Monday, 17 December 2012

Happy Day

Someone told me that you're not supposed to say "merry christmas" to anyone unless you know for certain that they celebrate christmas. This makes sense to me, but it also confuses me. Wouldn't anyone who heard this take it as a gesture of well wishing? Here's the conclusion I've come to: No matter what you celebrate (or even if you don't celebrate anything at all), what I want to say to you is "be happy". Merry christmas, happy hanukkah, happy christmas, happy new year - whatever you do or don't do - be happy! So, everyone reading, happy day to you all, and a very happy day tomorrow as well.

Also, I hope your happy day includes good food and loved ones (but don't mix those two things up... that would not be a happy day).

Hugs and poops,



  1. I always say Happy Holidays and Merry Christmas. That's my belief and I'm sticking to it!!! Oppressors can't keep me down!

    1. Exactly!
      A happy sentiment is kind no matter what you believe :)
      Happy holidays and merry christmas to you too, Eden83!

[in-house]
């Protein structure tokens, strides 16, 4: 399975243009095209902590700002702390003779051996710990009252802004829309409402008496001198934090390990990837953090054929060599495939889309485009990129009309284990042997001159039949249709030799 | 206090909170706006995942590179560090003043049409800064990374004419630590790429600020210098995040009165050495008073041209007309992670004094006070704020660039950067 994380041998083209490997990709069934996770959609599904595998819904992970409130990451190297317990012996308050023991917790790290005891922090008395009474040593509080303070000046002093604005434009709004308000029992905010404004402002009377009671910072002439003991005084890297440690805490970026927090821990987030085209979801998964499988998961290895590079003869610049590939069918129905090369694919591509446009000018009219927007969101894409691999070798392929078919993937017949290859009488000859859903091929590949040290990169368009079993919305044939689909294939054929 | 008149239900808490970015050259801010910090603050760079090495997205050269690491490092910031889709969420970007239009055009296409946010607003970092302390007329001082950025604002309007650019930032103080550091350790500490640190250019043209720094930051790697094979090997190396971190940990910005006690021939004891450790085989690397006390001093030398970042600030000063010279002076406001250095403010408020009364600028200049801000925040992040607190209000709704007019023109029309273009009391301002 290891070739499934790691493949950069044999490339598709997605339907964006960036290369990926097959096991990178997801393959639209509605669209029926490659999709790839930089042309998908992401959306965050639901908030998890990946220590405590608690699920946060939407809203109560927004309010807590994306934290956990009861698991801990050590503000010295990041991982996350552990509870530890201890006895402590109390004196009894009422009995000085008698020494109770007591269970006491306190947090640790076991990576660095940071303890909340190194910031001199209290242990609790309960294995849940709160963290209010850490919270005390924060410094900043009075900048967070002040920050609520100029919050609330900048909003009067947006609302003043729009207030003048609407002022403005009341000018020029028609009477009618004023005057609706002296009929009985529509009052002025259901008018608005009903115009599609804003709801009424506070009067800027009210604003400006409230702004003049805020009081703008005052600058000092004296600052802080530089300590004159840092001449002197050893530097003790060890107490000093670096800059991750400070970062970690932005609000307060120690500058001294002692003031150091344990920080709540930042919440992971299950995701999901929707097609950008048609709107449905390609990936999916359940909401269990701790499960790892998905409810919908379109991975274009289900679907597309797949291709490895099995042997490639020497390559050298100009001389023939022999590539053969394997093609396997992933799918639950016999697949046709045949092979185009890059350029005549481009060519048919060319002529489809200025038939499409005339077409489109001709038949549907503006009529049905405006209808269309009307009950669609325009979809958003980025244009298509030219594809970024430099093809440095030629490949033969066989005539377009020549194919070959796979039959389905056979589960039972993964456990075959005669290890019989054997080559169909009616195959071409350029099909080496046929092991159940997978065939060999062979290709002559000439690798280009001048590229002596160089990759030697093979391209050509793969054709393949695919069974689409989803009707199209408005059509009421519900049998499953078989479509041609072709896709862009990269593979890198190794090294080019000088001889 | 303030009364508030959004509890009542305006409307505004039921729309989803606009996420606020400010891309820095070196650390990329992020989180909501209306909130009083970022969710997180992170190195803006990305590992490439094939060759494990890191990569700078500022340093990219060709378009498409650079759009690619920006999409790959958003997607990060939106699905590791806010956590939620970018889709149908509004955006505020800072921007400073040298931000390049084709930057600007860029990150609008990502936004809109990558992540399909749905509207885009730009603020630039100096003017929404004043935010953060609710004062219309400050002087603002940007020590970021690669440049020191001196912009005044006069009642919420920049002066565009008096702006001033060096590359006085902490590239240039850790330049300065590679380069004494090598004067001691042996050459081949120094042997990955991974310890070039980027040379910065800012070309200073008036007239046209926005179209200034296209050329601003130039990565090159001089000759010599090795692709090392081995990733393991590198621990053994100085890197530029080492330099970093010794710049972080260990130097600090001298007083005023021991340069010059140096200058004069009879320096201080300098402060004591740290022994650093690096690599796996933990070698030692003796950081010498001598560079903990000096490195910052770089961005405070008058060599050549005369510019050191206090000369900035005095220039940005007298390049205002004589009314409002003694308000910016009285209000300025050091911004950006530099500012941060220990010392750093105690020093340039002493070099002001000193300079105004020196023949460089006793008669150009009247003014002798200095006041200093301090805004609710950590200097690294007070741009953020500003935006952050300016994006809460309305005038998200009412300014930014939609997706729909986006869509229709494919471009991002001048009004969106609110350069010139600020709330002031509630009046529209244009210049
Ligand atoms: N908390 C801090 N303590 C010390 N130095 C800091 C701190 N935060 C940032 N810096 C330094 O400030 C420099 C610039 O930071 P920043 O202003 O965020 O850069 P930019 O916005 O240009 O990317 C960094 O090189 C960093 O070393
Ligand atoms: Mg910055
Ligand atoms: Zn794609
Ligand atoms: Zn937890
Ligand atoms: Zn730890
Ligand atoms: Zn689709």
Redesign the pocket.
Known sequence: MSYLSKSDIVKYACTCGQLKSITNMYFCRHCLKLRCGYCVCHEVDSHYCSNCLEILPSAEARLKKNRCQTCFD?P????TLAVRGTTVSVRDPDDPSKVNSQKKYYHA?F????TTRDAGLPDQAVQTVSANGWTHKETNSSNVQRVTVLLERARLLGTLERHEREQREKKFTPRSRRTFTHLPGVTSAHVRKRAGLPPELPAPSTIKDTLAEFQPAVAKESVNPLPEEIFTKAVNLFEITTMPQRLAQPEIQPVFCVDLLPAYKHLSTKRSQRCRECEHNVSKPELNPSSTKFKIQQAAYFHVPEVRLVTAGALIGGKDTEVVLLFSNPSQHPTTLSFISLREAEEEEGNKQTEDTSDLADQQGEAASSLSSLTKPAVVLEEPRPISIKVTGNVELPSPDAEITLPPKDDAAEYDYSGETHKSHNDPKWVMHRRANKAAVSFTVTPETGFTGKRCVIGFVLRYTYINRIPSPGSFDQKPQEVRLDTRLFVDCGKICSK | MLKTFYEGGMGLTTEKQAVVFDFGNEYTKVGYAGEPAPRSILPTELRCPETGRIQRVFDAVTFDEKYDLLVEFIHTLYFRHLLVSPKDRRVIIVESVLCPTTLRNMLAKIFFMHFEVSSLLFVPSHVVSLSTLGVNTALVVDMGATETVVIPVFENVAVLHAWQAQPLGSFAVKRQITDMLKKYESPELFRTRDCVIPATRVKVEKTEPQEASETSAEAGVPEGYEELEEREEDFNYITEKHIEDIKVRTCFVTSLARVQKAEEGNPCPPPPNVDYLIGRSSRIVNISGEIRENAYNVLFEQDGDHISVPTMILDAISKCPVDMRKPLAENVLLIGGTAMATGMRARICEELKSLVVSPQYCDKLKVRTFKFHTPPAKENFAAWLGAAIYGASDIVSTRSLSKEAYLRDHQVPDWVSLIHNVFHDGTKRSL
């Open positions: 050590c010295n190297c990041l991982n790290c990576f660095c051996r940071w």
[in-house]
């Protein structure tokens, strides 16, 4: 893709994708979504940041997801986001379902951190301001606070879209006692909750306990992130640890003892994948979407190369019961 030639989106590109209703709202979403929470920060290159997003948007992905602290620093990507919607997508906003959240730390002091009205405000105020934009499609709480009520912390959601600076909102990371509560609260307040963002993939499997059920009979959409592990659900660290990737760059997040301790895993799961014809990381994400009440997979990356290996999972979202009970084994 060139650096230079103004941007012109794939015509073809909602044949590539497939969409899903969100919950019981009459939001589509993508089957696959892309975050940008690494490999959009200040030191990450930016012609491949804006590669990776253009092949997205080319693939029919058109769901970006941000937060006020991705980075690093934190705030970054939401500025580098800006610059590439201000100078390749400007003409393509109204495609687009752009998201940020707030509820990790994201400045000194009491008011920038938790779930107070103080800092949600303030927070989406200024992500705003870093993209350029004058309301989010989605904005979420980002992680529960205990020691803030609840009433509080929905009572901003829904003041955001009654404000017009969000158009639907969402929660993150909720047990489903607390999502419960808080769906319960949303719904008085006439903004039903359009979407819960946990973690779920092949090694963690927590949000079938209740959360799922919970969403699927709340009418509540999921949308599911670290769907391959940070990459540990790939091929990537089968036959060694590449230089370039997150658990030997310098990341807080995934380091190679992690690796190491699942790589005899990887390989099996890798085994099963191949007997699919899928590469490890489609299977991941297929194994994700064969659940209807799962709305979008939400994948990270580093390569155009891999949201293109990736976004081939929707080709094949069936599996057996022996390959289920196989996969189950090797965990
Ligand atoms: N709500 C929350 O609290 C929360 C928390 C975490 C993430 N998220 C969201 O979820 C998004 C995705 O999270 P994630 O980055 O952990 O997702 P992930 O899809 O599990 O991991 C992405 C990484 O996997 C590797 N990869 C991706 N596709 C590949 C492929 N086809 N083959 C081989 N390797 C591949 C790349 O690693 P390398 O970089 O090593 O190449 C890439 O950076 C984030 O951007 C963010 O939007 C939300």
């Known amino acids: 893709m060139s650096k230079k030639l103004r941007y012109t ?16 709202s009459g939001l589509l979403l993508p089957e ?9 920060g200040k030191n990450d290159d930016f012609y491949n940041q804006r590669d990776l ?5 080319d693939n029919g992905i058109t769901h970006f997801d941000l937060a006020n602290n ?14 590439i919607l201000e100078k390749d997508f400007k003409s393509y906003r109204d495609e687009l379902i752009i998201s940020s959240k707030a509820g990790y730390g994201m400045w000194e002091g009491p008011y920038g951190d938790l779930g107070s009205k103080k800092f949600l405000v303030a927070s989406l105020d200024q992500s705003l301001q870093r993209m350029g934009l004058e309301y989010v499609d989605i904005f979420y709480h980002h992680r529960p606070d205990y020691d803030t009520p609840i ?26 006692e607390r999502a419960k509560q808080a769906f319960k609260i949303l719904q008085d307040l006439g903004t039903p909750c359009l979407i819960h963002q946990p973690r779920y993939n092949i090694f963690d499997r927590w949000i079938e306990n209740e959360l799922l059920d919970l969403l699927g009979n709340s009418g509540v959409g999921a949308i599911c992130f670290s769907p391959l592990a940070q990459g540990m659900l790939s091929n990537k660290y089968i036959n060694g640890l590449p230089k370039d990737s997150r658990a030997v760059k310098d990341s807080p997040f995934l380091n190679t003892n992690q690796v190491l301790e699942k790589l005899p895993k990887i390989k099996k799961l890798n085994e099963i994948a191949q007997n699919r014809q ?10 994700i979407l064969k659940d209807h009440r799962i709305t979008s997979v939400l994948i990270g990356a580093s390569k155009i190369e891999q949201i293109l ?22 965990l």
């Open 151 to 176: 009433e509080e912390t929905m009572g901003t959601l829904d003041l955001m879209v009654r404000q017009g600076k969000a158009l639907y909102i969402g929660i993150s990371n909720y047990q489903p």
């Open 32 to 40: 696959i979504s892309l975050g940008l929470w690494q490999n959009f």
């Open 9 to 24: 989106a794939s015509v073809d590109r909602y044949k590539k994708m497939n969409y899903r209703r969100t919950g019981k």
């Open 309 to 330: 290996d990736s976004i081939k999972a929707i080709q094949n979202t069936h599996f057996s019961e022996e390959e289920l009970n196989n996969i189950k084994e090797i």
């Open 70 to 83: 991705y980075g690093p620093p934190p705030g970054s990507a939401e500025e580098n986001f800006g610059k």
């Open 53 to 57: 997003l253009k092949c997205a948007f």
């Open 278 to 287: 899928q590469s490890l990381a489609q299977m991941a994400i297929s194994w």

2. The way I see it, I say Happy Holidays if I'm unsure or speaking to a group (or at a work function or in public), because it doesn't leave out those who celebrate Hanukkah or Kwanza or anything else. I think that's just nicer than assuming everyone is Christian or celebrates Christmas. Just like I use the term "partner" a lot so that it doesn't assume everyone is straight.

    If I know you celebrate Christmas, I can say Merry Christmas. I'm not going to yell at you either way. I just like to say things that are inclusive when the situation warrants it! I don't think people are offended by Merry Christmas, but I'm sure it gets tiring for those who don't celebrate, because they must feel like they are not included.

    1. I agree :)
      It's hard to make everyone feel included, but you've gotta try!